Sep 20, 2019 - 9:22:23 PM

6301 posts since 8/30/2004

Bill,
I hear ya but there are an awful lot of newbies coming in who don't even know what G tuning is...laugh You and I are about the same age so imagine me have to tell student after student what G tuning is much less that it's the key in many bgrass tunes....

Originally posted by Bill Rogers

“Drop C” or “Dropped C” are, IMO, recent and unnecessary terms. I started playing in 1961. Common tunings were “C tuning”—gCGBD, “G tuning”—gDGBD, “G modal”—gDGCD, C modal—gCGCD, G minor—gDGBbD, Open D—f#/aDF#AD. Then “Double-C replaced “C modal.” Some became confused by “C tuning,” and began calling it Standard C,” because it had been the standard for 100+ years. I first heard “Drop C” about 8 or so years ago. It apparently started with G-tuning bluegrass players who didn’t know that C-tuning was the long-established standard tuning for 5-string, because their normal was G tuning.  So the world turns. Plectrum banjos are normally played in C tuning, and without a capo. Same goes for “classic-style” 5-string. 


Edited by - Jack Baker on 09/20/2019 21:23:39

Sep 20, 2019 - 11:38:20 PM

Bill Rogers (Moderator)

USA

22303 posts since 6/25/2005

Right on that, Jack. Kinda scary.

Edited by - Bill Rogers on 09/20/2019 23:40:53

Sep 21, 2019 - 4:50:51 AM

5242 posts since 10/13/2007

Did Flatt and Scruggs remake that song into this song?

https://www.youtube.com/watch?v=IRCdzgkrfOQ

Ken

Sep 21, 2019 - 5:06:16 AM
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carlb

USA

2004 posts since 12/16/2007
Online Now

quote:
Originally posted by Cyndy
Another example, of particular interest to me, is a video of the tune as played by Albert Hash, Emily Spencer, Thornton Spencer. According to the Field Recorders' notes, Jont Blevins learned from Albert Hash's great uncle and it was the Spencers who made the recordings of Jont Blevins. Lots of connections there!

I noted that Emily Spencer doesn't move her left hand position at all but yet gets just a perfect setting for what Albert Hash is playing. She uses the Galax lick (double 5th string stroke) and drop thumb just in the appropriate places. As you can tell, I really like what she's doing.

Sep 21, 2019 - 7:47:17 AM
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Cyndy

USA

615 posts since 3/2/2010

carlb I agree. I just watch/listened carefully and it IS the "perfect setting"--just enough and not too much. I can't tell you how many times I've thought to myself how much I'd like to hear the Spencer's take on how Jont Blevins played. I've been fiddling more than banjoing recently, but taking on a bit of TOTW responsibility has pulled me back toward it. :)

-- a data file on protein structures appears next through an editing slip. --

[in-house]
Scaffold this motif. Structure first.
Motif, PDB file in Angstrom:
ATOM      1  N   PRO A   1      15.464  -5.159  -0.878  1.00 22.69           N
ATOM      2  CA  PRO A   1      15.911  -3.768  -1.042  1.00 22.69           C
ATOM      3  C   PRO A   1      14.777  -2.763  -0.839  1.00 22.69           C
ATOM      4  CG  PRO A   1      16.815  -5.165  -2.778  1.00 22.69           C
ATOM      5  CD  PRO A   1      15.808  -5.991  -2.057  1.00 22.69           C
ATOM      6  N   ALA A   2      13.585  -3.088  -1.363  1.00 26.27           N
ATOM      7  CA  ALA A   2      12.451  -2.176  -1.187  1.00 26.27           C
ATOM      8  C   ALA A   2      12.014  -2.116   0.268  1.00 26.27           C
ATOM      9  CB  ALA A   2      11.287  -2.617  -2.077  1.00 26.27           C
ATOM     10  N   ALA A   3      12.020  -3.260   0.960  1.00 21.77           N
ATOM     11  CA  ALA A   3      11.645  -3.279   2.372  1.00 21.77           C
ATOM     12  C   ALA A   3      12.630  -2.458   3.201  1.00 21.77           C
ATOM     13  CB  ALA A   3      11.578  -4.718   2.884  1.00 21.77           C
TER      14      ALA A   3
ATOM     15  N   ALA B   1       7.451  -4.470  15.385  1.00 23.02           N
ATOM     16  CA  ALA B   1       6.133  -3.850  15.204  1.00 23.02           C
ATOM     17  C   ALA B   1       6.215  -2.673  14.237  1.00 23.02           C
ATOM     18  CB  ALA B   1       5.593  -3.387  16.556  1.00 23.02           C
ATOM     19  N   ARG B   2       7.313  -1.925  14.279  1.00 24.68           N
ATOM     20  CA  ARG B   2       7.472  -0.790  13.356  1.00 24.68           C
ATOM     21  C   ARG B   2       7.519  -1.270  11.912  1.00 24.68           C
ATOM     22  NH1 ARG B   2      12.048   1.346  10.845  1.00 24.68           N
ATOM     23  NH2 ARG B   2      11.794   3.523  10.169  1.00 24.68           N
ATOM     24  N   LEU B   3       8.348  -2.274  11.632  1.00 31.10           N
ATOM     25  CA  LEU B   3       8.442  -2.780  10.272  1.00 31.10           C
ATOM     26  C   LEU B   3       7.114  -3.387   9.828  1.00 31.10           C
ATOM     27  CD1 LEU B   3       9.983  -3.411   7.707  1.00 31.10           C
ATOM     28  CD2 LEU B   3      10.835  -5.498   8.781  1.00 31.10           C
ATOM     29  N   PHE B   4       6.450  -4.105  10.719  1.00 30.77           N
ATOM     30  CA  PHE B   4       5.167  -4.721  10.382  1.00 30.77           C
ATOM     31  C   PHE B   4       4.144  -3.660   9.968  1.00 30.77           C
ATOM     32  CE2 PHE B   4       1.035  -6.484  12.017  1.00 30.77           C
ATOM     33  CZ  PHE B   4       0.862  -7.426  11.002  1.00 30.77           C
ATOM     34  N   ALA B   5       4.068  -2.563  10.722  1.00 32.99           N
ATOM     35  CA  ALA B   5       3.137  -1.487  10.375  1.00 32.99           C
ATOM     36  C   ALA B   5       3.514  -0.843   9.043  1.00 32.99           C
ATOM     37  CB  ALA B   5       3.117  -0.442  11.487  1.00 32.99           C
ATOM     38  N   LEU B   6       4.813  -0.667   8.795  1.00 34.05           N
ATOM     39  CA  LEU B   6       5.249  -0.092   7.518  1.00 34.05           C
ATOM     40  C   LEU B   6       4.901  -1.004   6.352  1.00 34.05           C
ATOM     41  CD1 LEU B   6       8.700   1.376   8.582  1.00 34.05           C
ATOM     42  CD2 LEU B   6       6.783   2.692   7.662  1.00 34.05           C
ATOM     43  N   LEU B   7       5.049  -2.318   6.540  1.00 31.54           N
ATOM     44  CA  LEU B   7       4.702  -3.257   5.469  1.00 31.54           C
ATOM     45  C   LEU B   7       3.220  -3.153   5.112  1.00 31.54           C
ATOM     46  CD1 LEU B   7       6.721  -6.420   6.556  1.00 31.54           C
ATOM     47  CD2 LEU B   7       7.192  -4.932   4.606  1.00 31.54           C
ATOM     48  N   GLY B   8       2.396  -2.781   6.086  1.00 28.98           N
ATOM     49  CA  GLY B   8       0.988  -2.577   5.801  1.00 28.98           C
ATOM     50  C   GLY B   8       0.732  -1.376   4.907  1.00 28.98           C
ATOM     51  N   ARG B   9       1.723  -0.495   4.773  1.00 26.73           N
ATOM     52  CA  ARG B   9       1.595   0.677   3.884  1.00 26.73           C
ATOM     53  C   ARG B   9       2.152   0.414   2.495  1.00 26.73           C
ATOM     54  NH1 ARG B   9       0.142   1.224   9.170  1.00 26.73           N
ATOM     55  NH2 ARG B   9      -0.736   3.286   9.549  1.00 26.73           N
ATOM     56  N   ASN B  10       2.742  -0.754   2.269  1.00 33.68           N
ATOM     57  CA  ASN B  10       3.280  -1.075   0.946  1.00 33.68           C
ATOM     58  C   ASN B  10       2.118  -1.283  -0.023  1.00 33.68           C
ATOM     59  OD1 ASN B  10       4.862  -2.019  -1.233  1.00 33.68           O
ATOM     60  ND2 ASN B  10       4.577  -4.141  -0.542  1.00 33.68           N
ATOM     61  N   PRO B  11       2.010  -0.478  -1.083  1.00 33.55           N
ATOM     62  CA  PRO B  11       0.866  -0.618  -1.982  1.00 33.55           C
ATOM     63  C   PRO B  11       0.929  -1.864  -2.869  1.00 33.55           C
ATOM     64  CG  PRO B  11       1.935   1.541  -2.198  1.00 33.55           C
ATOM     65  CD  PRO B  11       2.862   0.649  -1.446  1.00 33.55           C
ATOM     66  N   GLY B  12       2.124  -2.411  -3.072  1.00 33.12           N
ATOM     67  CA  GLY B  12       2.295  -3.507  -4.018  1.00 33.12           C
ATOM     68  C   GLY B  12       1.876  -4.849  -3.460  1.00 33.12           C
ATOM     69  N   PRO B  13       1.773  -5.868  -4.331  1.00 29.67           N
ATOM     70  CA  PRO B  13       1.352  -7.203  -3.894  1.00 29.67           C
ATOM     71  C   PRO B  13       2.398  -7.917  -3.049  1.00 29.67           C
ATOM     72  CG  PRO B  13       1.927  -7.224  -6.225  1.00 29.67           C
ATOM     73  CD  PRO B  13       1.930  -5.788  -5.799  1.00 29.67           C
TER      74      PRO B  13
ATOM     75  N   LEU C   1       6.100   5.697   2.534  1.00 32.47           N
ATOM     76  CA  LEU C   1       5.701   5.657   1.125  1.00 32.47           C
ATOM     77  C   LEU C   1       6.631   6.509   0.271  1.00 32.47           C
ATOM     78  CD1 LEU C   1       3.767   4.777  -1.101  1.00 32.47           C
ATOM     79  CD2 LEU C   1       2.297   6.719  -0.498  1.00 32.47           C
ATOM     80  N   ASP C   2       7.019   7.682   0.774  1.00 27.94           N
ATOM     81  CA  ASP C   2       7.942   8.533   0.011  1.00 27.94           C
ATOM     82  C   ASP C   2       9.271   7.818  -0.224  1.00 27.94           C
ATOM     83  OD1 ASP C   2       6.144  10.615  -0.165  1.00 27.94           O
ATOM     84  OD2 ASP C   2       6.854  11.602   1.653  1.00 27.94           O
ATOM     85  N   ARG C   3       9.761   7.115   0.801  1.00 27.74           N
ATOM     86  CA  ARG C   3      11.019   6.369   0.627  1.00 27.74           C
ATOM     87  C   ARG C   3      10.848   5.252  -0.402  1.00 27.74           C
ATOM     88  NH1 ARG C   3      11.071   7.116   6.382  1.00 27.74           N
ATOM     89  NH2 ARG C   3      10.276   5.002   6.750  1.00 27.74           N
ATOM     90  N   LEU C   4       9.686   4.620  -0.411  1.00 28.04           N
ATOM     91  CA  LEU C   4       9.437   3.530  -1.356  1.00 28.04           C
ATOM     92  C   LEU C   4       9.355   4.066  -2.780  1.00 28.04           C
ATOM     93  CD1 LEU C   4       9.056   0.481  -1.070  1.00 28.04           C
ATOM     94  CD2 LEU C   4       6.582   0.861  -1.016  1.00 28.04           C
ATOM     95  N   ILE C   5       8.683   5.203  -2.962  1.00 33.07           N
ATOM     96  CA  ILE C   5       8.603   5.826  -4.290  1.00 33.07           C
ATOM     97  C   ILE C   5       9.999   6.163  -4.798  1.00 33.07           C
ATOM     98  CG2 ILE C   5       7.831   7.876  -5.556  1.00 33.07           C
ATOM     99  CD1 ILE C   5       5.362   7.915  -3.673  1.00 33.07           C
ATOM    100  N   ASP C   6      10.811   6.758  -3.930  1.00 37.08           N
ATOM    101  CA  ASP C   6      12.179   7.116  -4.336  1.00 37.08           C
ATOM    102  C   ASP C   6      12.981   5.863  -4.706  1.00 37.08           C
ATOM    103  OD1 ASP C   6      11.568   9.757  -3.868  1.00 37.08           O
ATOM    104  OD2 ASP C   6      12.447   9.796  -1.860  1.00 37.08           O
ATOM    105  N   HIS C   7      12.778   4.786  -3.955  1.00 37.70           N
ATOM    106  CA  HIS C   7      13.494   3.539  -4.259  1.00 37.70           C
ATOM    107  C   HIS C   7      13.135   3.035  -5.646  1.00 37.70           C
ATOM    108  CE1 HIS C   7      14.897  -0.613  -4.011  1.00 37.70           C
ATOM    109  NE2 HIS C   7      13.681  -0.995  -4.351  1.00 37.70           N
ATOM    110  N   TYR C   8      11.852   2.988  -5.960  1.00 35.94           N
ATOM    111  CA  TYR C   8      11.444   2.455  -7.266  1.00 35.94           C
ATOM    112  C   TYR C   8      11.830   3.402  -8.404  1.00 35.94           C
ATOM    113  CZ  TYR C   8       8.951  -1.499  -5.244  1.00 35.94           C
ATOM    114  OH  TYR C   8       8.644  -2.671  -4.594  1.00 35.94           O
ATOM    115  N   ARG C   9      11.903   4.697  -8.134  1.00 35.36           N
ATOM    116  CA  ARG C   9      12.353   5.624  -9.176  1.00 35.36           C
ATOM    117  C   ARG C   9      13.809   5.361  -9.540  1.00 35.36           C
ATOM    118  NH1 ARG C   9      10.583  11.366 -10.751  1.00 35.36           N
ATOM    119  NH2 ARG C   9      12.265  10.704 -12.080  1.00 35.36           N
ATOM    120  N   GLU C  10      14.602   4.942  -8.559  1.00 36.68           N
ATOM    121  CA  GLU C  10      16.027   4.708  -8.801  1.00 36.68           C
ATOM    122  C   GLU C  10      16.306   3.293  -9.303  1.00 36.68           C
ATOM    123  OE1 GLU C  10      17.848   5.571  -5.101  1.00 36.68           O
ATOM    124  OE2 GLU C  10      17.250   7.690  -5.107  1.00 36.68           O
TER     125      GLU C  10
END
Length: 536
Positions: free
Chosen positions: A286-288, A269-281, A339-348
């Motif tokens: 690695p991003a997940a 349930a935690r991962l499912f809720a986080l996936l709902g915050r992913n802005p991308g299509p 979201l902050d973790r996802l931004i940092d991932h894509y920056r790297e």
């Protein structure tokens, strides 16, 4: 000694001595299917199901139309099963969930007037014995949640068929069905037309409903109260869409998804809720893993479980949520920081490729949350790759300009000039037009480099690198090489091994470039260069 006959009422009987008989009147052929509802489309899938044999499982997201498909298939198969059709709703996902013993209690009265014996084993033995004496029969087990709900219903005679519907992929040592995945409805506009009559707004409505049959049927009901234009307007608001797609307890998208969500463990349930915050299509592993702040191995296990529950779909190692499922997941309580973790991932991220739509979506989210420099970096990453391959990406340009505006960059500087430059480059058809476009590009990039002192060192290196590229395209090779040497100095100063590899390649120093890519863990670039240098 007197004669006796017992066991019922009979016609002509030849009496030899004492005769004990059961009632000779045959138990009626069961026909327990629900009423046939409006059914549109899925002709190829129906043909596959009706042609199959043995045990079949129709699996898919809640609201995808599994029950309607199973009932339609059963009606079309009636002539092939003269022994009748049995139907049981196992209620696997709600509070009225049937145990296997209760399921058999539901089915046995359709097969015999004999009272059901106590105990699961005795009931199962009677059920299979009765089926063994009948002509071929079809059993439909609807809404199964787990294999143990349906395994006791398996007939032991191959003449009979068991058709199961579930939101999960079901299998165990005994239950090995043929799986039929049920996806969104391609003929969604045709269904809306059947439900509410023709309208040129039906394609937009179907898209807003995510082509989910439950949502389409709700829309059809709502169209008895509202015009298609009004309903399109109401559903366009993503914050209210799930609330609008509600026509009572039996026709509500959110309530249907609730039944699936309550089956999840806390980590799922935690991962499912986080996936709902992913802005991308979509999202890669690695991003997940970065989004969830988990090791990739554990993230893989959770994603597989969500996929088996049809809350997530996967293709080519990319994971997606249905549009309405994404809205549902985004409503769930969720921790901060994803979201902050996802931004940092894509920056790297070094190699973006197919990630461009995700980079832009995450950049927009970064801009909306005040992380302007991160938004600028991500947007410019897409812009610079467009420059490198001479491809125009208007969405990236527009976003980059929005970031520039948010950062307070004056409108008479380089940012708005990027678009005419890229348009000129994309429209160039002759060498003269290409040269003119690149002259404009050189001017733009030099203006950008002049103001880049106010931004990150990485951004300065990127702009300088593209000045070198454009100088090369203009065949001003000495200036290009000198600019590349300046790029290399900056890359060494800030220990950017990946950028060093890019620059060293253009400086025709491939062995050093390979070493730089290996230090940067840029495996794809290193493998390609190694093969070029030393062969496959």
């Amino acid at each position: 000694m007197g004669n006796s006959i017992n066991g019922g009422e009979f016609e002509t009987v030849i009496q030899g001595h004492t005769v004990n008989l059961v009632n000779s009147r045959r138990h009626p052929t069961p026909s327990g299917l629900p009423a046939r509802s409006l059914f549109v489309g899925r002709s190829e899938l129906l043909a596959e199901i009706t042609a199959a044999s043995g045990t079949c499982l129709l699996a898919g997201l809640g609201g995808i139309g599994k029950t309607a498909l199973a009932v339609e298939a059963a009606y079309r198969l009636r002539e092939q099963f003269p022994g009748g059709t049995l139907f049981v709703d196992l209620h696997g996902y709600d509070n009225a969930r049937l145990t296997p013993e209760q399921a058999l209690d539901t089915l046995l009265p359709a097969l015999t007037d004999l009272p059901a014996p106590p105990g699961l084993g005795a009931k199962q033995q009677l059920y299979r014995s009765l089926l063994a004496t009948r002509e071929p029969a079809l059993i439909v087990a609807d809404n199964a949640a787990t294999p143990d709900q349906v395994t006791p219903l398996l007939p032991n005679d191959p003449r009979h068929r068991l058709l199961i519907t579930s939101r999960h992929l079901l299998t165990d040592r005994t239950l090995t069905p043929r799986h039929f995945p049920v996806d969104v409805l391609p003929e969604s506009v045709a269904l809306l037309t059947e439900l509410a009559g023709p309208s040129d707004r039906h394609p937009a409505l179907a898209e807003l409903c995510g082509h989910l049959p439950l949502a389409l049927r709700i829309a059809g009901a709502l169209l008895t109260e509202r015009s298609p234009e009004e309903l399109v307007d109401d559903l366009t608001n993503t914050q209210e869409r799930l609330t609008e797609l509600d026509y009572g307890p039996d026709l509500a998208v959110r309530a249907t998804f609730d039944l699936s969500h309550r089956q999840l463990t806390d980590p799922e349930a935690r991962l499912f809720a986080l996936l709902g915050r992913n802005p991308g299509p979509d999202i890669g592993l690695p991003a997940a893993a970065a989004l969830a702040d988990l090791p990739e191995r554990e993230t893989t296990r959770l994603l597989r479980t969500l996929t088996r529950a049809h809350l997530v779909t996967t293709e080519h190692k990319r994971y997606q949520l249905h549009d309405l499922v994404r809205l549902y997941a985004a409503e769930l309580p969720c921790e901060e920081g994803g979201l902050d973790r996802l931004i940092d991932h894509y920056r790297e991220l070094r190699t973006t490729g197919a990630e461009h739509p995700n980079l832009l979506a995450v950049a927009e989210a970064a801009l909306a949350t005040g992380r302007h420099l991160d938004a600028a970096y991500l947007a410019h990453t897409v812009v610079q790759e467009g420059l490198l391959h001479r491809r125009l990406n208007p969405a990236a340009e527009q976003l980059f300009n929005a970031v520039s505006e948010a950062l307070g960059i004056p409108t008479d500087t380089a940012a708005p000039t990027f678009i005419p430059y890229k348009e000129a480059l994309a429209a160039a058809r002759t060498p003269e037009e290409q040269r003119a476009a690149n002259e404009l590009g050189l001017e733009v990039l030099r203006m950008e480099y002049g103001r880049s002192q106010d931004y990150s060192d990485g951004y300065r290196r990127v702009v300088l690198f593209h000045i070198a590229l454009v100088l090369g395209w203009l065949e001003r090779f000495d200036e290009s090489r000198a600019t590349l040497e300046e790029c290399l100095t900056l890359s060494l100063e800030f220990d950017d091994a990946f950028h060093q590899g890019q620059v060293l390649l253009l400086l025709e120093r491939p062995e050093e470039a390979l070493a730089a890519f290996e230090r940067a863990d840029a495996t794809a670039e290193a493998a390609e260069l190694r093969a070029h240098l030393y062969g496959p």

Sep 21, 2019 - 8:11:40 AM

6301 posts since 8/30/2004

Yes, it's on the "Pastures of Plenty" LP way back. Earl just plays some great backup banjo on this song....Jack

Originally posted by From Greylock to Bean Blossom

Did Flatt and Scruggs remake that song into this song?

https://www.youtube.com/watch?v=IRCdzgkrfOQ

Ken


Edited by - Jack Baker on 09/21/2019 08:12:31

Sep 21, 2019 - 10:38:36 AM

6301 posts since 8/30/2004

Oops! Wrong LP...it was "Folk Songs Of Our Land"...

Originally posted by Jack Baker
Yes, it's on the "Pastures of Plenty" LP way back. Earl just plays some great backup banjo on this song....Jack

Originally posted by From Greylock to Bean Blossom

Did Flatt and Scruggs remake that song into this song?

https://www.youtube.com/watch?v=IRCdzgkrfOQ

Ken


 


Edited by - Jack Baker on 09/21/2019 10:39:16

Sep 21, 2019 - 5:13:41 PM
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6312 posts since 6/27/2009

I think you've presented a golden nugget tune, Cyndy, and you listen so carefully to each version and comment so thoughtfully.  Since I'm interested in Albert Hash, that was my go-to link for a clawhammer arrangement from his fiddle playing.  In 2016 I presented the tune Nancy Blevins and there's some interesting musical history about Albert and his family in that thread:  TOTW, 2/26/16, Nancy Blevins.

One of my favorites is Paul Roberts' melodic clawhammer version learned from studying John Burke's Book of Old Time Fiddle Tunes for Banjo.  

 

I can happily listen over and over to Dan Gellert and Brad Leftwich playing twin fiddles from their A Moment in Time recordings.


Edited by - JanetB on 09/21/2019 17:21:31